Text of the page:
Purdue Pharma appeals judge set to suspend deal approval pending appeal
- Law firms
- Related documents
- Hearing on the motion for a stay pending appeal is set for Tuesday
- Judge says she won’t let appeal be “fairly raised”
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(Reuters) – A New York judge said she would likely issue an order staying the implementation of Purdue Pharma’s reorganization plan to allow the U.S. Department of Justice bankruptcy watchdog and a handful of States to appeal the agreement.
U.S. District Judge Colleen McMahon in Manhattan on Sunday issued a temporary restraining order, suspending the plan and settlement of the underlying opioid litigation until Tuesday afternoon, when she will hear arguments on a longer term stay motion.
A representative for Purdue did not immediately respond to a request for comment.
The maker of OxyContin gained bankruptcy court approval for its plan and settlement in September, with support from about 40 states and a wide range of municipalities, Native American tribes, hospitals and asylum seekers, among others.
The deal includes legal protections for members of the Sackler family who owned Purdue, who contribute an estimated $ 4.5 billion to the settlement, against future opioid-related civil lawsuits. Court documents show that overall, around $ 5.75 billion will be placed in trusts that will funnel money to opioid reduction programs and personal injury claimants.
The DOJ’s bankruptcy watchdog, the US trustee, and a handful of states appealed the September order, specifically challenging the Sacklers’ protections.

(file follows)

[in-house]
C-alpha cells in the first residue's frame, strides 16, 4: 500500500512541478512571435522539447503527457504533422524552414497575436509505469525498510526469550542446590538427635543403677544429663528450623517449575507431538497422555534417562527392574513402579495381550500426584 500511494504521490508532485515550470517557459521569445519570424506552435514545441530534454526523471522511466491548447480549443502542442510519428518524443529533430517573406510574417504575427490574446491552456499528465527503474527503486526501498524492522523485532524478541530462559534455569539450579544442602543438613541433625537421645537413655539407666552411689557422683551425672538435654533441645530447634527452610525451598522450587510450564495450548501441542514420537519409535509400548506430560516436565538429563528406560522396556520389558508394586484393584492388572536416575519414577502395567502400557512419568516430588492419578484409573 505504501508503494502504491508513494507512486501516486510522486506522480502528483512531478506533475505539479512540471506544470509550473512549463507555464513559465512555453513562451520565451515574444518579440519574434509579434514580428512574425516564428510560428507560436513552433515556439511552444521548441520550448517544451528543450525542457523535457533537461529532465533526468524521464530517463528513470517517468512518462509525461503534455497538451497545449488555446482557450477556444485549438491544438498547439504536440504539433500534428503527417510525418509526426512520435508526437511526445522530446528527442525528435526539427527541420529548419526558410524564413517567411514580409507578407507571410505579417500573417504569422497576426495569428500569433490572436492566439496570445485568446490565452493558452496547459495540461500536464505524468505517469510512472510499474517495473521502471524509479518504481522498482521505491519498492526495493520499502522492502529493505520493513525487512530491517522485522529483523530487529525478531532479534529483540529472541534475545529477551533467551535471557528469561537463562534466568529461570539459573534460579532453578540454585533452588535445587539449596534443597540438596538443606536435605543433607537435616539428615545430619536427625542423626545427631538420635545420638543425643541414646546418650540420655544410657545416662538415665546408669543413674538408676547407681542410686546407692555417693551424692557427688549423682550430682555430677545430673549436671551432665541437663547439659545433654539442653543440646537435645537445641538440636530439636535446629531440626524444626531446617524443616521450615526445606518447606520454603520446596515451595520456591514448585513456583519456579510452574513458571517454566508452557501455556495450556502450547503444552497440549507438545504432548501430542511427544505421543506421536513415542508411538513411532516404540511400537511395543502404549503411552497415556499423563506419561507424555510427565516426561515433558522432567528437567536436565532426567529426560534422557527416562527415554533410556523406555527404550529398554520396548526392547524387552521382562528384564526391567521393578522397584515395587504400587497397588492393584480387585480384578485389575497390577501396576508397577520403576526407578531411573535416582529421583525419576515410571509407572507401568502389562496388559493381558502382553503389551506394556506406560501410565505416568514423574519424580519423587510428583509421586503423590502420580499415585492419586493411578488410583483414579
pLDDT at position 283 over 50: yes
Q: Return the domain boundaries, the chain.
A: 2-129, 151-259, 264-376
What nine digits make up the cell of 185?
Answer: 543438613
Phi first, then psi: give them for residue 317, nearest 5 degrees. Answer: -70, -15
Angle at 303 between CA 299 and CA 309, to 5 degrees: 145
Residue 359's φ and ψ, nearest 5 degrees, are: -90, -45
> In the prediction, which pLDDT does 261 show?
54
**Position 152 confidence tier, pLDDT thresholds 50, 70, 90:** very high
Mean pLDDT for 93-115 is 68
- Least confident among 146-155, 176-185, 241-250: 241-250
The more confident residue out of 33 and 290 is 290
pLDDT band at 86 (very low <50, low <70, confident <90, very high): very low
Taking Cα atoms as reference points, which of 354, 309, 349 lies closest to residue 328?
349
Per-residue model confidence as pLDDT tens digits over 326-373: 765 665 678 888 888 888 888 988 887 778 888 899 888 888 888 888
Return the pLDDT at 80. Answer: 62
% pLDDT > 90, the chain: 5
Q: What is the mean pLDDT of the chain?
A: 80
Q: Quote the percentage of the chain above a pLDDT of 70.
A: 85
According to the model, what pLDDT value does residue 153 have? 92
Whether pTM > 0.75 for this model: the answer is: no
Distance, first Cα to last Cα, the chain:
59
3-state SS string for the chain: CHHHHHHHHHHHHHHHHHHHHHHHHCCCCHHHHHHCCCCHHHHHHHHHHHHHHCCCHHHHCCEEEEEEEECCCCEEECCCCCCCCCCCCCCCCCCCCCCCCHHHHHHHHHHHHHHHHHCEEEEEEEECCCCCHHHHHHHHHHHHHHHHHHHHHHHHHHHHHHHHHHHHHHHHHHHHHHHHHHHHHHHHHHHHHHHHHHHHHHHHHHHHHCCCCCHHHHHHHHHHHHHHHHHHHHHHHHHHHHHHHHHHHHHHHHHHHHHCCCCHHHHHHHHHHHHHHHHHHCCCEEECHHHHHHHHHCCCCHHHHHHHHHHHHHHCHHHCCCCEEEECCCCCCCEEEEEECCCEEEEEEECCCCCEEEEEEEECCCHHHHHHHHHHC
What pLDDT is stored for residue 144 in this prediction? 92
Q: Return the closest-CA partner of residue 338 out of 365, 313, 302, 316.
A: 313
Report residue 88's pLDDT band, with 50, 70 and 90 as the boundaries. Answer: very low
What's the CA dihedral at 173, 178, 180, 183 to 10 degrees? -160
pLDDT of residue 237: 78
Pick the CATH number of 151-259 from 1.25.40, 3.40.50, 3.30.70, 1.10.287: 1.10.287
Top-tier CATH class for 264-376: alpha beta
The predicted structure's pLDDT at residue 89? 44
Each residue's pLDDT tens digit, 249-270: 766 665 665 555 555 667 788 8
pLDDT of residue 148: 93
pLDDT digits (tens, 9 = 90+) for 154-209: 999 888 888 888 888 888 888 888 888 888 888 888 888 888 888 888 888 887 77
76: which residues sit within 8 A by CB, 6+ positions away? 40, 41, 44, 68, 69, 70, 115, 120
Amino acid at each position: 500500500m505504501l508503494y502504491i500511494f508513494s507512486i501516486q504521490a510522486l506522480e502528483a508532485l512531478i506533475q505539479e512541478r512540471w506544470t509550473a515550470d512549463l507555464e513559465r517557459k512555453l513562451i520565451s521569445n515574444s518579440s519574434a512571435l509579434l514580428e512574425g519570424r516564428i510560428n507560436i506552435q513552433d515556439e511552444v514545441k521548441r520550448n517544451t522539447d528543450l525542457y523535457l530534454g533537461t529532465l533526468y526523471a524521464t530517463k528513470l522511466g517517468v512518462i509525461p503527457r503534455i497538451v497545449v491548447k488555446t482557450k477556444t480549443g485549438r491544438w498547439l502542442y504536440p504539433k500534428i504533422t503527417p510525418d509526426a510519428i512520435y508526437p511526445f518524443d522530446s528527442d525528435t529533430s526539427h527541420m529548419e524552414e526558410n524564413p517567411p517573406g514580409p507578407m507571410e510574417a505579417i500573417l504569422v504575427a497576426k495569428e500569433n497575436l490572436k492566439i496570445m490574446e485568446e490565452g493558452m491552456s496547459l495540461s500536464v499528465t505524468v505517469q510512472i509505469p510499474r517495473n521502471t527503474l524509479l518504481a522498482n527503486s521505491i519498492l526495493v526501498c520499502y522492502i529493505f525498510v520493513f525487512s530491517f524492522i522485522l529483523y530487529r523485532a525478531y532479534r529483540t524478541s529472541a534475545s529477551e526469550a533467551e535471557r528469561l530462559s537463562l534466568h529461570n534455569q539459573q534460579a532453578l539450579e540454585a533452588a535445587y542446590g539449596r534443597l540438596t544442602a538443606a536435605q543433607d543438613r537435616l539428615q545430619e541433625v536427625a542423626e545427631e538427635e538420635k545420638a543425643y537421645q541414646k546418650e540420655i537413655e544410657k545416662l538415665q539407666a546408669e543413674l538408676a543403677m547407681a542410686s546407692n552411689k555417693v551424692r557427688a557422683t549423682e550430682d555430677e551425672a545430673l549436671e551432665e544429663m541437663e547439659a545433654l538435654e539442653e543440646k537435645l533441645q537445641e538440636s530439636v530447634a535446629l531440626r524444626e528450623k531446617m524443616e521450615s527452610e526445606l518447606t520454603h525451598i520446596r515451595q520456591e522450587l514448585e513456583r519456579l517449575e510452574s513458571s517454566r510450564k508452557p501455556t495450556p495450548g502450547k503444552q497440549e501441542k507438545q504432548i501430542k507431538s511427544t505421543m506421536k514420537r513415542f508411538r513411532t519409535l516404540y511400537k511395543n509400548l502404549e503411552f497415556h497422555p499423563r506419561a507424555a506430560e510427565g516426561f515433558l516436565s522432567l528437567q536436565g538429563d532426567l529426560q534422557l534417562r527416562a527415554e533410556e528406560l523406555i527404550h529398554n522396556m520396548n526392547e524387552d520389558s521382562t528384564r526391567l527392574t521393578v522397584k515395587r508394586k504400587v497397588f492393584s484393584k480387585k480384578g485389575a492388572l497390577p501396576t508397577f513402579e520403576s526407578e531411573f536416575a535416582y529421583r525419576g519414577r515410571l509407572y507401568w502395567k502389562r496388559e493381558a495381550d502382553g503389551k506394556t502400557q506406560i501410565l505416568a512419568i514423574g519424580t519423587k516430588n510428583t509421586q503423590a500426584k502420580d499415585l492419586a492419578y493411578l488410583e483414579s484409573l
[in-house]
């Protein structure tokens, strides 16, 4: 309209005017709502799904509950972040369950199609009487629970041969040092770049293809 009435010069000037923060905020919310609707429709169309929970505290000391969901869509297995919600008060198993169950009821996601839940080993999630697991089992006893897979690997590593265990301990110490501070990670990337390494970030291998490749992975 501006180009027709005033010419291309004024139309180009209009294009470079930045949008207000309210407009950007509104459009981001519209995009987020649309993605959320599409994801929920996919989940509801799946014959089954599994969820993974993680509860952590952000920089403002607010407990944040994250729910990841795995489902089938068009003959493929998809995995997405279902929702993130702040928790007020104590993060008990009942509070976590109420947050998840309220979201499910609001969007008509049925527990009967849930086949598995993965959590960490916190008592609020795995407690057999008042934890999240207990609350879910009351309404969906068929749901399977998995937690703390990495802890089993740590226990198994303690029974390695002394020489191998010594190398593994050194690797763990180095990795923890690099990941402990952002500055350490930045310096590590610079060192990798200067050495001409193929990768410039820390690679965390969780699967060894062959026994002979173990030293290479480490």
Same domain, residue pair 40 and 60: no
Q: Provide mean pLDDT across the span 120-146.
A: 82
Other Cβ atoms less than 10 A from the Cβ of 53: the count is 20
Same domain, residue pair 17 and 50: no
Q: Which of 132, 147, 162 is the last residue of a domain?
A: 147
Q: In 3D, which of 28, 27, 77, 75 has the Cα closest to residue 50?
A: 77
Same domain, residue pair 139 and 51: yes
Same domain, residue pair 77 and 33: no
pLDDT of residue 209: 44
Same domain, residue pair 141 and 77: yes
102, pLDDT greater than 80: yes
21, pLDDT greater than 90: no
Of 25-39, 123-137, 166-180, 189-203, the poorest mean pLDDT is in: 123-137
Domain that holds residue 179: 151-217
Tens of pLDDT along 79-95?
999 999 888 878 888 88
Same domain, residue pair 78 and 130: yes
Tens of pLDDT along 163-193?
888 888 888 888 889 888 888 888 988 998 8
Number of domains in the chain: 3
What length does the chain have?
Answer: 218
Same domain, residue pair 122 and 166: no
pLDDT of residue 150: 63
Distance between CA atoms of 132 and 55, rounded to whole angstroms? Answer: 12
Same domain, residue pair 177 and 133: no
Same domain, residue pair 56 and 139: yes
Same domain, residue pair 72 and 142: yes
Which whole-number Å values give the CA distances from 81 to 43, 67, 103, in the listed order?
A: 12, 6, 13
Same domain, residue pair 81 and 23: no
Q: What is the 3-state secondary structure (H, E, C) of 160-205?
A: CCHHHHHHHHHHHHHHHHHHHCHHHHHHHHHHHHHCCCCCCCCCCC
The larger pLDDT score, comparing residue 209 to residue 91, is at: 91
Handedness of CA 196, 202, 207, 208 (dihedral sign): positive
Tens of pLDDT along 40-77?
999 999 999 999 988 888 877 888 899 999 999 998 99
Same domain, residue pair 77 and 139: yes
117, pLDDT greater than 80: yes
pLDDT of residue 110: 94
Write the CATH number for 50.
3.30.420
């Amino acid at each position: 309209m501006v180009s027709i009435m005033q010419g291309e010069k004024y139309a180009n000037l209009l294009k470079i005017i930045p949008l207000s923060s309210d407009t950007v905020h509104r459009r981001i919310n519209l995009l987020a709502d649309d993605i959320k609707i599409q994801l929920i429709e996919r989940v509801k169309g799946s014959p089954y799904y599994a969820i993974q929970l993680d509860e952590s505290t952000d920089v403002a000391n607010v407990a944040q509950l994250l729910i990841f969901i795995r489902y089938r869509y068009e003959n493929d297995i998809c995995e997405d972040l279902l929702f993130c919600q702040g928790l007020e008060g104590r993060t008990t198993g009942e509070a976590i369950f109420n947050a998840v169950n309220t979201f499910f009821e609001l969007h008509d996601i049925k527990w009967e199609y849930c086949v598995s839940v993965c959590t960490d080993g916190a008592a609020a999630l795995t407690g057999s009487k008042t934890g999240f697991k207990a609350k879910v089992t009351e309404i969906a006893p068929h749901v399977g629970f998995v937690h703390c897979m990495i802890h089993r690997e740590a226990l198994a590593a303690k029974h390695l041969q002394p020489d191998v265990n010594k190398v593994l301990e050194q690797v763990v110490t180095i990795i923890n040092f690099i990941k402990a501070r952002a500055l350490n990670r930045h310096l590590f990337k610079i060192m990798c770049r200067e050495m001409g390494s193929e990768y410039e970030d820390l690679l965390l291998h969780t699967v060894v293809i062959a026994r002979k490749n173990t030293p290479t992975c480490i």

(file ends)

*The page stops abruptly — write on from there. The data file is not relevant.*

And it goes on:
Purdue, represented by Davis Polk & Wardwell, filed for bankruptcy in September 2019 to resolve thousands of lawsuits accusing him and members of the Sackler family of fueling the opioid crisis in the United States through ‘misleading marketing of its products.
On Tuesday, McMahon will hear the U.S. trustee’s motion to stay the implementation of the order approving the plan and settlement while the appeal process unfolds. She said in Sunday’s order that she had “no intention” to allow the issues on appeal to be “fairly raised,” meaning they become moot once the terms of the plan are put. in force.
Due to the interminable nature of appeals, bankruptcy plans are often implemented before an appeal can proceed. This has led some courts to determine that if a plan has already been “substantially consumed”, a successful appeal will do more harm than good by forcing debtors to unwind all transactions they have entered into under the plan.
While lawyers for Purdue say his plan is not implemented immediately, US administrator William Harrington has said in court documents that the US 2nd Circuit Court of Appeals previously found ” substantial consumption “when only a few steps had been taken to put the plan into effect. , making a stay necessary.
McMahon said in her order that she would resolve the U.S. trustee’s motion on Tuesday.
“As long as I have jurisdiction to introduce a stay on appeal, I fully intend to do so, unless an opponent offers an argument that I cannot anticipate at the moment,” said she wrote.
Separately, the US trustee asked US bankruptcy judge Robert Drain to send the appeal directly to Circuit 2, bypassing the Federal District Court, where McMahon sits. His hearing on Tuesday will take place two days before the US trustee argues in favor of Drain.
The case is In re Purdue Pharma LP, US District Court, Southern District of New York, No. 21-07966.
For Purdue: Marshall Huebner, Benjamin Kaminetzky, Timothy Graulich, Eli Vonnegut and James McClammy of Davis Polk & Wardwell; and Paul Breene, Ann Kramer, Anthony Crawford and Lisa Szymanski of Reed Smith
For the United States Administrator William Harrington: Deputy United States Administrator Linda Riffkin, Deputy Director / General Counsel of the Department of Justice Ramona Elliott, Associate General Counsel P. Matthew Sutko, Trial Attorneys Beth Levene , Sumi Sakata and Wendy Cox and trial attorneys for US administrator Paul Schwartzberg and Benjamin Higgins
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